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Suppose that we have the four-vector potential of the electromagnetic field, $$A^i$$

The wave equation is given by $$\Box A^i=\frac {\partial^2}{\partial x^k \partial x_k } A^i= \left(\frac {1}{c^2} \frac {\partial^2}{\partial t^2}-\nabla^2 \right) A^i=0$$

Now the solution, for a purely spatial potential vector, is given by

$$\mathbf{A}(t, \mathbf{x})=\mathbf{a_k} \exp{i(\pm \omega_{\mathbf{k}}t-\mathbf{k}.\mathbf{x}}); \mathbf{k}.\mathbf{a}=0$$

To find the general solution we write the superposition as

$$\mathbf{A}(t, \mathbf{x})=\int (\mathbf{f(k)}\exp{i( \omega_{\mathbf{k}}t-\mathbf{k}.\mathbf{x}})+\mathbf{g(k)}\exp{-i( \omega_{\mathbf{k}}t+\mathbf{k}.\mathbf{x}})) \frac {d^3 \mathbf{k}}{(2 \pi)^3}$$

My question is that where this $$\frac {d^3 \mathbf{k}}{(2 \pi)^3}$$

comes from? Shouldn't it be $$d^3\mathbf{x}$$

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  • $\begingroup$ a general solution depends (non-trivialy) on the boundary conditions of the problem, for some usual cases general solutions exist $\endgroup$ – Nikos M. Nov 10 '14 at 11:24
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It depends on your definition of the Fourier transform. Sometimes it is written with $1/(2\pi)$ for each one-dimensional variable; sometimes the coefficient is chosen $1/\sqrt{2\pi}$, and sometimes it is just $1$. The "inverse" Fourier transform has also some coefficient at the integral and it is a matter of taste which direct/inverse transform's coefficients one chooses.

(I think you meant $d^3\mathbf{k}$.)

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  • $\begingroup$ Why we do not say that $$\mathbf{A}(t, \mathbf{x})=\sum_{\mathbf{f(k)}\mathbf{g(k)}} (\mathbf{f(k)}\exp{i( \omega_{\mathbf{k}}t-\mathbf{k}.\mathbf{x}})+\mathbf{g(k)}\exp{-i( \omega_{\mathbf{k}}t+\mathbf{k}.\mathbf{x}})) $$ Isn't superposition simply given by the above sum? Why and how we transform to the integral? $\endgroup$ – user56963 Nov 10 '14 at 10:25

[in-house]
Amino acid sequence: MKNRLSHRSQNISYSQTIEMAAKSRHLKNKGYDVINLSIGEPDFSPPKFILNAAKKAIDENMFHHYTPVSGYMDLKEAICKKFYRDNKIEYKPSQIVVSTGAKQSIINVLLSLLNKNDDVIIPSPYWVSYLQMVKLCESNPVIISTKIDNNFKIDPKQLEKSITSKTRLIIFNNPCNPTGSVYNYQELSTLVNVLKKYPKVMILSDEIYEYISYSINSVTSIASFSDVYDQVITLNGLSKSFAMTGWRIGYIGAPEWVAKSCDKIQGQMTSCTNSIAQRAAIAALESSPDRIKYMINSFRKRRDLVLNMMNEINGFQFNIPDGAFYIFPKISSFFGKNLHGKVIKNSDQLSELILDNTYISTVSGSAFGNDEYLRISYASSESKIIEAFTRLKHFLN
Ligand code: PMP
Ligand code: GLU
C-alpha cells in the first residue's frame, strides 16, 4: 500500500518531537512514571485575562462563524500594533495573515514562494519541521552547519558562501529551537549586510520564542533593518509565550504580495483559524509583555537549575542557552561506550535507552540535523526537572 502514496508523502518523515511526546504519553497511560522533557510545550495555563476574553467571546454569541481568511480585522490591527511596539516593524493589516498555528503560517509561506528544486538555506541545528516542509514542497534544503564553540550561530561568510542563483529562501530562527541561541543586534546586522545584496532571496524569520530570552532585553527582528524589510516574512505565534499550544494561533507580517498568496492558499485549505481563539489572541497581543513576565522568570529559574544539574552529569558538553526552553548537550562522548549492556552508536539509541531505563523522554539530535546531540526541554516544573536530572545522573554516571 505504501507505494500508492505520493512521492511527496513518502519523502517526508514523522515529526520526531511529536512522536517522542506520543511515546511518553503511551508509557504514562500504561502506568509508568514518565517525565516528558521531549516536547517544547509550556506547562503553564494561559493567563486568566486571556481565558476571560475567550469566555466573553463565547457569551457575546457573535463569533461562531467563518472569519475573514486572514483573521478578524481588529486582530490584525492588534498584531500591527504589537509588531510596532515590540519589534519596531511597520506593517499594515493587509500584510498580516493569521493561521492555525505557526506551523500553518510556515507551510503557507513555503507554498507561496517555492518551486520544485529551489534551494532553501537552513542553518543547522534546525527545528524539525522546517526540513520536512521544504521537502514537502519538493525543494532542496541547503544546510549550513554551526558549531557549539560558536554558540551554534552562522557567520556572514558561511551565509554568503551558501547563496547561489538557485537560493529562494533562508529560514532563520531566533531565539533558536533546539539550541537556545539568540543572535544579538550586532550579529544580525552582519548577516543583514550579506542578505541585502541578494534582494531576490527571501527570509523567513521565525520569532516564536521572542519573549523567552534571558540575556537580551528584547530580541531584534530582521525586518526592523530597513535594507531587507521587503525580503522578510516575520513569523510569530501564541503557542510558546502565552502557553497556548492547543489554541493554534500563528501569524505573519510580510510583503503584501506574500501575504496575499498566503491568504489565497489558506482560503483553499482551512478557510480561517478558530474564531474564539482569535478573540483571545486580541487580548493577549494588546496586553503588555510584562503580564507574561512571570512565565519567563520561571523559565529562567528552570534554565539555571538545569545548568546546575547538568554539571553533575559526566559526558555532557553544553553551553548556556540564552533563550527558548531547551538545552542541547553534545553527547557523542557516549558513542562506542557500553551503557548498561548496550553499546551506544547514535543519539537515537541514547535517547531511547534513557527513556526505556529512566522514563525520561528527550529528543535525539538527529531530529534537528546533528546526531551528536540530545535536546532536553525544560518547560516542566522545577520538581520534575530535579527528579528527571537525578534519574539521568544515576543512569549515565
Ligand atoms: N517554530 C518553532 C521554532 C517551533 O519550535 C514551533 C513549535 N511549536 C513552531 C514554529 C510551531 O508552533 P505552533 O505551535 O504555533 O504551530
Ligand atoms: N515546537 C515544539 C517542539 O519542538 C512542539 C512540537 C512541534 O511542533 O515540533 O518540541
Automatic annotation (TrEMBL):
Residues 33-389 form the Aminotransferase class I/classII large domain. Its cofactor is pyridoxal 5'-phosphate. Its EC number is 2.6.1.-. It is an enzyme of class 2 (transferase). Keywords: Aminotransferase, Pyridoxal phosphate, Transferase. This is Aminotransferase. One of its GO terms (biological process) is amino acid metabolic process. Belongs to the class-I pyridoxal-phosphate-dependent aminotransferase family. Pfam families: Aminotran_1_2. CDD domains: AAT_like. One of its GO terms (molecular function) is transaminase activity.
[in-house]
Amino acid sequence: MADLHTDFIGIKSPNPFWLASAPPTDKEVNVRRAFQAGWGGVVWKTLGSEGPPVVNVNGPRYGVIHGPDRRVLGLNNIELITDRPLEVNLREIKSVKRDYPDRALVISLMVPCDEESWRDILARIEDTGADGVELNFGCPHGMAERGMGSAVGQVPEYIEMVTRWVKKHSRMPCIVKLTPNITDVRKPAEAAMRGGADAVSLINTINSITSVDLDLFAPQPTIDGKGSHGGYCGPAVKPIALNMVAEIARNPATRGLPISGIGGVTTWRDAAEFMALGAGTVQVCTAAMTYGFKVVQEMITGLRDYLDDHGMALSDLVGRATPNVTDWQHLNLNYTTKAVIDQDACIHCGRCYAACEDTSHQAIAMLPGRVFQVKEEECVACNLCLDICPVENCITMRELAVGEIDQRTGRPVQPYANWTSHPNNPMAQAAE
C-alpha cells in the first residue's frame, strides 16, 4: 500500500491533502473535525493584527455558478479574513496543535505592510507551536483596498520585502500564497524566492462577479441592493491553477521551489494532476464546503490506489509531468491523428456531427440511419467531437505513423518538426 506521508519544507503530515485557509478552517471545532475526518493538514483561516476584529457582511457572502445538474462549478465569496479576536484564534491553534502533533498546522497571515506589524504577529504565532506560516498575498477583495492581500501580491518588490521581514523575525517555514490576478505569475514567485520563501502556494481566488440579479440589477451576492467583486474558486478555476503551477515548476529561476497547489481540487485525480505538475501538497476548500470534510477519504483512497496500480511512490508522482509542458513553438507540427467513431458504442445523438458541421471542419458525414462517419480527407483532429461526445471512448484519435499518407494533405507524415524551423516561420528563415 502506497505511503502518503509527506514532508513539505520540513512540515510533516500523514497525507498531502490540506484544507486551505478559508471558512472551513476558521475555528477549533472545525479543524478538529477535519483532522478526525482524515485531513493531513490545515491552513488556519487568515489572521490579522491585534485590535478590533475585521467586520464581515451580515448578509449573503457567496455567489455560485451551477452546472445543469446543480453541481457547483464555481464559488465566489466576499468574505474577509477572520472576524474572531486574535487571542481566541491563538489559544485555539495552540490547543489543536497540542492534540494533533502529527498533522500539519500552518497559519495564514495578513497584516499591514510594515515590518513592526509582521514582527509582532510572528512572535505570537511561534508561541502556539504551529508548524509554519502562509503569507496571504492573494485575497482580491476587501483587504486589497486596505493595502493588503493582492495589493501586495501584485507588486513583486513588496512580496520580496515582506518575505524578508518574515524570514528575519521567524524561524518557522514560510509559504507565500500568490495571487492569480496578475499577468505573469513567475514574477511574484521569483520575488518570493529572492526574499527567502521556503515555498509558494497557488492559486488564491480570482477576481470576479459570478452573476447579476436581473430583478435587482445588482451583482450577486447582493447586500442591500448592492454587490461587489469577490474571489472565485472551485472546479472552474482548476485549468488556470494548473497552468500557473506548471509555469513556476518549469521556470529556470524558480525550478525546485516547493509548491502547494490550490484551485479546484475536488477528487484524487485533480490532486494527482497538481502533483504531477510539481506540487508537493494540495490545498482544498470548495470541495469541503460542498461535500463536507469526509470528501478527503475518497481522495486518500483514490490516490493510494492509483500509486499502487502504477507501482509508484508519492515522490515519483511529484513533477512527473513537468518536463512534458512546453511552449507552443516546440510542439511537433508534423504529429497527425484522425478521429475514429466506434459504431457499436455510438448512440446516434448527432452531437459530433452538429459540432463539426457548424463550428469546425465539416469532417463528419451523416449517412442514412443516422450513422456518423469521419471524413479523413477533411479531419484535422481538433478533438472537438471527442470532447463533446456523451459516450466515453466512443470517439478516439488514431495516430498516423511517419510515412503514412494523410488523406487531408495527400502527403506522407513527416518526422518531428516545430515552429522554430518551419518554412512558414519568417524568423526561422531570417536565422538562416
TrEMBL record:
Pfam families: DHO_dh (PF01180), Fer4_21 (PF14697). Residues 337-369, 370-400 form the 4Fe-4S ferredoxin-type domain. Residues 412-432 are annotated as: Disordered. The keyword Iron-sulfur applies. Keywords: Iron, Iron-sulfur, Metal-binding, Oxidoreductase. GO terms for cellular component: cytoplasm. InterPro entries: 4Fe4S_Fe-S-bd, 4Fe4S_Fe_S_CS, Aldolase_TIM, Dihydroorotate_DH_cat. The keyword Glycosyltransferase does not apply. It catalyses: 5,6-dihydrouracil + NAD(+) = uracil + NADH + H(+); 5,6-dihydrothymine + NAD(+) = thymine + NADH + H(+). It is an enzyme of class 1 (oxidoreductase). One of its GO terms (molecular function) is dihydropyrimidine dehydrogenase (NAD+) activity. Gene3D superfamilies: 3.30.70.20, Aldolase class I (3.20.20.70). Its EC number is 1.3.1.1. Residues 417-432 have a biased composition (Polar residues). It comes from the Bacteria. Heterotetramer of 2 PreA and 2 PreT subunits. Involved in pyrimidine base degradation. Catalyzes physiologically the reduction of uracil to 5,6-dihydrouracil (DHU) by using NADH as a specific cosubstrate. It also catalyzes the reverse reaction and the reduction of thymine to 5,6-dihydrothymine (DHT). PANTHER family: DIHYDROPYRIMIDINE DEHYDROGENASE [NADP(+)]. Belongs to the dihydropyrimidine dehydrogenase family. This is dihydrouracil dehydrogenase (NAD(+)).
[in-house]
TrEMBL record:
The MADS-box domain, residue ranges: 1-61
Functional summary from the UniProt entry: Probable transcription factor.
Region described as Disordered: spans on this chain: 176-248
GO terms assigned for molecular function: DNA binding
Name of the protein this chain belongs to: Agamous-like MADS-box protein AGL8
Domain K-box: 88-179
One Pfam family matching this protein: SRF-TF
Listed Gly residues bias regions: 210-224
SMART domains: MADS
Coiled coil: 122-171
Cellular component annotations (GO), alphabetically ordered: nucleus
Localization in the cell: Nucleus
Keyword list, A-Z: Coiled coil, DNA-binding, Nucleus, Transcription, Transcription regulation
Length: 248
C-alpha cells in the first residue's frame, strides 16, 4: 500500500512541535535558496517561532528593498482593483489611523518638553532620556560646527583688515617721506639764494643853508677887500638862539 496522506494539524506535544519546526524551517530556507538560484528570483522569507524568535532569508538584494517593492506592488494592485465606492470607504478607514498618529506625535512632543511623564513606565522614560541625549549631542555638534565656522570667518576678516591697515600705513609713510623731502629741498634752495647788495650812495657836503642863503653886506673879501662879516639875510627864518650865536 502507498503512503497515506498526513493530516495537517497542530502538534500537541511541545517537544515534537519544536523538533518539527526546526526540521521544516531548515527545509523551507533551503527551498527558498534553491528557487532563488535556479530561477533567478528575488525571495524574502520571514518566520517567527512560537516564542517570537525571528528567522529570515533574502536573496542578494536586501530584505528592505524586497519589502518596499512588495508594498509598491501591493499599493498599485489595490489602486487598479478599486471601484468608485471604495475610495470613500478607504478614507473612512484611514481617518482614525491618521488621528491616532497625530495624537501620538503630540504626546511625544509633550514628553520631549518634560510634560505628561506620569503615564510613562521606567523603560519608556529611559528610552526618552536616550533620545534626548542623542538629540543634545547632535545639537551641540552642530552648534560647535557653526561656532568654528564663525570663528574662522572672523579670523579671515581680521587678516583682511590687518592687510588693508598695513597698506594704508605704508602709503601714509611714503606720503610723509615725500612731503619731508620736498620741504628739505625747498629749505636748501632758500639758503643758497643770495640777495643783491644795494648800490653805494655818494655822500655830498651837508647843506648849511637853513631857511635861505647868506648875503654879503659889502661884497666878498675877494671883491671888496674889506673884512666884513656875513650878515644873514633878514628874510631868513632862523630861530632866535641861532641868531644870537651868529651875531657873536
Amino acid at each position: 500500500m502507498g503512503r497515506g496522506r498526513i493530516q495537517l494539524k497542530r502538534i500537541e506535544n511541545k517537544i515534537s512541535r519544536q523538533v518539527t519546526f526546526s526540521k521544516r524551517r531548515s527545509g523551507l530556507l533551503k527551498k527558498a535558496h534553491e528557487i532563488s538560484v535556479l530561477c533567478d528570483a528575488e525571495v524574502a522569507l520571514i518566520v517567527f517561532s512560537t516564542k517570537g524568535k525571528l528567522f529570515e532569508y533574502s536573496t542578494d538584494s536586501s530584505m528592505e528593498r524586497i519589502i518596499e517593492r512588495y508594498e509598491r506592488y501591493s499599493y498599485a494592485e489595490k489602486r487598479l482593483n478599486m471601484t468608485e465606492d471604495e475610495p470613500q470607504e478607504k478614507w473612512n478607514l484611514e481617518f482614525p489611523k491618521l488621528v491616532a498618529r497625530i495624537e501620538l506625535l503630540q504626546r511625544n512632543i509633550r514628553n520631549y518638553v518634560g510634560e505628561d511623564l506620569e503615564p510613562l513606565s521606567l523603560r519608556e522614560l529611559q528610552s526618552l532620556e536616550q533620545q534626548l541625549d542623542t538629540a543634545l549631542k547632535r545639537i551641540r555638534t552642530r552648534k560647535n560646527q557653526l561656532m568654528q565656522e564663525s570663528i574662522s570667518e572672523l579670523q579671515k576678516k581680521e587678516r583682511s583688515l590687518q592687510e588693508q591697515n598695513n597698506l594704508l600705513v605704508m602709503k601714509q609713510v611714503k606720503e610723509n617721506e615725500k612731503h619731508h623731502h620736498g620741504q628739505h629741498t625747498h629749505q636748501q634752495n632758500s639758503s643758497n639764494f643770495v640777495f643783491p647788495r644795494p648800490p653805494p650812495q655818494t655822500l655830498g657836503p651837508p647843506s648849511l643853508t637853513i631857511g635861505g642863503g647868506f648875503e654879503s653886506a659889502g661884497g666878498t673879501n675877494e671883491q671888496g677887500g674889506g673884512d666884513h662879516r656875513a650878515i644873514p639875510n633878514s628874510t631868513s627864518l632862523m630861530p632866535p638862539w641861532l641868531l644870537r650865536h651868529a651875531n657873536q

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    $\begingroup$ Yes, it is often written like a Fourier sum $\sum_i$ over discrete $\mathbf{k}_i$ without any coefficient at it. But when you consider a continuous $\mathbf{k}$, the Fourier transform is used with some coefficient. You can consider it as a numerical redefinition of $\mathbf{f}$ and $\mathbf{g}$. $\endgroup$ – Vladimir Kalitvianski Nov 10 '14 at 10:32
  • $\begingroup$ where does $\mathbf{a_k}$ go when we change from discrete to the continuous $\mathbf{k}$? $\endgroup$ – user56963 Nov 10 '14 at 10:47
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    $\begingroup$ $\mathbf{a}_{\mathbf{k}}$ are those $\mathbf{f}(\mathbf{k})$ and $\mathbf{g}(\mathbf{k})$. In particular, when you apply the condition of reality to the vector-potential $\mathbf{A}=\mathbf{A}^*$, its relates $\mathbf{f}(\mathbf{k})$ and $\mathbf{g}(\mathbf{k})$ like this: $\mathbf{f}(\mathbf{k})=\mathbf{g}(\mathbf{k})^*$. $\endgroup$ – Vladimir Kalitvianski Nov 10 '14 at 11:46

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